Forging Paths: Crafting Supportive Systems for Youth’s Journey into Adulthood

Colorful background image with a blue horizontal color block going across the top of the image. The LifeConnect Health logo is centered in the blue color block. Centered in the image is two hands holding an electronic tablet with six square photos of people smiling on the screen.

“A rock pile ceases to be a rock pile the moment a single man contemplates it, bearing within him the image of a cathedral.”Antoine de Saint-Exupery, The Little Prince

On the eve of her 18th birthday, Clara’s tears mirrored the uncertainty that loomed ahead. While most teenagers her age were filled with anticipation for the adventures of adulthood, Clara felt none of that excitement.

Transition planning had not gone well, leaving her facing a stark reality. On her 18th birthday, she would stand alone at a homeless shelter, without the safety net of SSI benefits or the comfort of familiar support systems. No high school diploma, no access to money, no one to turn to for guidance.

Still, Clara’s resilience was evident. Despite her limited knowledge of navigating the world independently, she knew how to ensure her safety. With a decisive call to 911, Clara secured herself a bed in an inpatient unit, breathing a sigh of relief.

As she entered the realm of adult services, Clara was met with a Circle of Support, though they were strangers to her life and experiences. Assuming her need for acute psychiatric care, they sprang into action, planning her treatment with efficiency.

And just like that, on her first day as an adult, Clara became a patient.

Unfortunately, Clara’s story is all too familiar, reflecting the challenges that many young people face as they transition into adulthood, especially those navigating complex systems like foster/residential care and mental health services. However, her experience also highlights the potential for change and improvement within these systems.

Tennessee boasts an abundance of services and philosophies that could support successful transitions and mitigate further challenges. However, collaboration between the child and the adult systems remains scarce. It is imperative that this collaboration begins well before a youth’s 18th birthday to minimize disruption and facilitate a smoother transition.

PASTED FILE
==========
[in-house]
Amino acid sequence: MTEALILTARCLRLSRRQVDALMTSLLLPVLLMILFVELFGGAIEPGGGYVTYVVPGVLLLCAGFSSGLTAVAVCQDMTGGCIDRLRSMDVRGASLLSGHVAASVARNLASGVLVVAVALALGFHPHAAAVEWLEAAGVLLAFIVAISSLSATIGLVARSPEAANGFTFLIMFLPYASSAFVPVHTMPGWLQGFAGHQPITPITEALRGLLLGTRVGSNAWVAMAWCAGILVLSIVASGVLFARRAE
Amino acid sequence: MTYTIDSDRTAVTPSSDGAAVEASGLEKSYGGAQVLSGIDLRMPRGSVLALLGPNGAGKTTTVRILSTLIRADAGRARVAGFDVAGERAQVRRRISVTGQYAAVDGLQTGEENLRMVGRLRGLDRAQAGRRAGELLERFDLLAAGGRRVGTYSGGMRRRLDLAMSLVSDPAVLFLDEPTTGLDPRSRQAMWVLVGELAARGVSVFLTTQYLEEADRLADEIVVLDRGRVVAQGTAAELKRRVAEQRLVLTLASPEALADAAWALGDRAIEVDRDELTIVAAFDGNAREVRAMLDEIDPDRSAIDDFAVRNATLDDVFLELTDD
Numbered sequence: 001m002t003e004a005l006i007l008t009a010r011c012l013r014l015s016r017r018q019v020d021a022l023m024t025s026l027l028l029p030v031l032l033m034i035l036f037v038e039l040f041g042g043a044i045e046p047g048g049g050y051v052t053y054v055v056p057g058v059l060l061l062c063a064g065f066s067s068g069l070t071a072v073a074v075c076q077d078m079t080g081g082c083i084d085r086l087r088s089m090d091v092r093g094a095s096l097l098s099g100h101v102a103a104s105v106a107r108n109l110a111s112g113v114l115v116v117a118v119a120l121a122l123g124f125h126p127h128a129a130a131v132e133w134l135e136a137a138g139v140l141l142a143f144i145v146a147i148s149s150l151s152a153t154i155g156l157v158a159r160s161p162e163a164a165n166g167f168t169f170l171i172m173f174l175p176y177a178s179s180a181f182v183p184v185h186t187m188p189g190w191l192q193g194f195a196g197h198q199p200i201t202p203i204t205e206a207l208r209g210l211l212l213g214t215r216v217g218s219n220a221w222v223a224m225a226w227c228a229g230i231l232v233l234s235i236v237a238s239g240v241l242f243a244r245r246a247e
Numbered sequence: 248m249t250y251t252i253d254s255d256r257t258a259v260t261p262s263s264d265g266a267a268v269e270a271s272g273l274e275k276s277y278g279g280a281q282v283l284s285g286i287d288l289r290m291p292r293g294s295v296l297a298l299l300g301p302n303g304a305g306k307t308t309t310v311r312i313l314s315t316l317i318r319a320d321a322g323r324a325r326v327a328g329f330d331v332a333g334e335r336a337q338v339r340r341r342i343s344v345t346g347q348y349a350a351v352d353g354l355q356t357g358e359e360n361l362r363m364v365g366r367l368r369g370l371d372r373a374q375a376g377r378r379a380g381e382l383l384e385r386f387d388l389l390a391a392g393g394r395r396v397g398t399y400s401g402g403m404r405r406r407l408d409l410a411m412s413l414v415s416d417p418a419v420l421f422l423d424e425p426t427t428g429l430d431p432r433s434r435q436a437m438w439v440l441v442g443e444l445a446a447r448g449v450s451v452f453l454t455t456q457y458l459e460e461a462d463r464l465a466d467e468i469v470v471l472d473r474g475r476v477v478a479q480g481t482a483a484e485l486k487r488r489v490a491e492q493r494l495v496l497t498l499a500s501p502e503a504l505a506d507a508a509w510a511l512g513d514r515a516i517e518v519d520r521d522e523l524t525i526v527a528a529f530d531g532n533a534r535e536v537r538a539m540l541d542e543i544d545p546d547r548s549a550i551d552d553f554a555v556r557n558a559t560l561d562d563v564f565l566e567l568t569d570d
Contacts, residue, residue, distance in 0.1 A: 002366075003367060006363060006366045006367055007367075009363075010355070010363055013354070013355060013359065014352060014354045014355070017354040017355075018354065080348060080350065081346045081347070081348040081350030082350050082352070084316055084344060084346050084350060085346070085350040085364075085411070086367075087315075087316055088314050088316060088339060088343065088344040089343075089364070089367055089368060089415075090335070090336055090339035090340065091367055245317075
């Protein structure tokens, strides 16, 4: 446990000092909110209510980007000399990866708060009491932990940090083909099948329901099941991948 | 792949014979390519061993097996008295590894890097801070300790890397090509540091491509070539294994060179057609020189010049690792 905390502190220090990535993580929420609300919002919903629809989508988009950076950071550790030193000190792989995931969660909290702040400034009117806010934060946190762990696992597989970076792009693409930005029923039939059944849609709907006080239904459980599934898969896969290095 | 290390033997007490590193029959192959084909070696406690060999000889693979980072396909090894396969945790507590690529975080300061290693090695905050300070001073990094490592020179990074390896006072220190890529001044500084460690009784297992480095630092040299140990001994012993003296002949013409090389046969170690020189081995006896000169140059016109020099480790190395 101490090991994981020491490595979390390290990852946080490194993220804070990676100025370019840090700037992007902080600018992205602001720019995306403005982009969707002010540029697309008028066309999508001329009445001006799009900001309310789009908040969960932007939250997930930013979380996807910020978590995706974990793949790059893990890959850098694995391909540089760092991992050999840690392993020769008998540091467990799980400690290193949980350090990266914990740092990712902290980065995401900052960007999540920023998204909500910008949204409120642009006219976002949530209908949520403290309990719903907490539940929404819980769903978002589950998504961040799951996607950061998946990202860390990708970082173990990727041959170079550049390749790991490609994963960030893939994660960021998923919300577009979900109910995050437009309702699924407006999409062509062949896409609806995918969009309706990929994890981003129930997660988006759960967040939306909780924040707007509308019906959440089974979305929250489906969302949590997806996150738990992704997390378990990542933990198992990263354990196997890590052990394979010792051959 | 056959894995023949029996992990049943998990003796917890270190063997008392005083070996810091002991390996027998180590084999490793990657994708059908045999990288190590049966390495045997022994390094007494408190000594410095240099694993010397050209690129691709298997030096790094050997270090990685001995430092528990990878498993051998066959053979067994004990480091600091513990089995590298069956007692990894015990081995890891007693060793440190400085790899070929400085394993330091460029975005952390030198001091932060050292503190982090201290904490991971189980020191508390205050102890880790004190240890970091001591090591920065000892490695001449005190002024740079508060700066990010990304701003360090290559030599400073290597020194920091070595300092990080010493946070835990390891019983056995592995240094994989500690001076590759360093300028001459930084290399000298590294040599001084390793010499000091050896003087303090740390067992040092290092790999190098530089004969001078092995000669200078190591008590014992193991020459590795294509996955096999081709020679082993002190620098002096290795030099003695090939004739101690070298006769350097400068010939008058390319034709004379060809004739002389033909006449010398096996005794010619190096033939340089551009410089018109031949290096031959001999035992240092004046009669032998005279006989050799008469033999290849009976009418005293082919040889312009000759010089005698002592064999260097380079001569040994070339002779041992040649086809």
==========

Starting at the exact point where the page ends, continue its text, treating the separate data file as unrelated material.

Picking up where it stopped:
Several transition domains require attention and coordination between systems. Questions abound, demanding solutions:

  • In terms of housing, how can we work together to provide young people with a clear vision of their future living arrangements and the support they will receive there?
  • Regarding meaningful activities, how can we prepare youth for the shift from structured school routines to meaningful employment or community engagement, and support those who wish to continue their education?
  • In terms of finances, how can we streamline processes to ensure that benefits are available to youth as soon as they turn 18?
  • With healthcare, how can we facilitate the transition from pediatric to adult care, ensuring that relevant information is shared and continuity of care is maintained?
  • For those who require guardianship, how can we ensure that conservatorship services are in place for those who are unable to make decisions independently?
  • And in terms of mental health treatment, how can we ensure that youth can continue treatment with the same providers, minimizing the loss of important historical information and therapeutic relationships during the transition to adulthood?

By addressing these questions and working collaboratively across systems, we can provide young people like Clara with the support and resources they need to navigate the transition to adulthood successfully, ensuring that they have the opportunity to thrive and reach their full potential.

Until the day when all systems are effectively organized to maximize outcomes, prioritizing a sense of belonging or connection is crucial for mental health. This is a fundamental aspect of LifeConnect Health’s mission.

As a provider of emotional regulation therapy, skill building, and psychiatric advocacy, we embrace a model that transcends mere service provision. We aim to foster a therapeutic community where individuals feel they belong—a community that is portable through telehealth and can be accessed independently on a tablet provided to each of our members. We are committed to accompanying each individual on their therapeutic journey. We strive to help restore hope and foster their crafting of a vision for their future.

About the Author:


Celine Turco is one of LifeConnect Health’s Founders and serves as the Vice President of Tennessee’s NADD Board.



Dreyzehner J., Goldberg K., Sims S., Turco C. (2021) Dilemmas in Disability. In: Chan V., Derenne J. (eds) Transition-Age Youth Mental Health Care. Springer, Cham.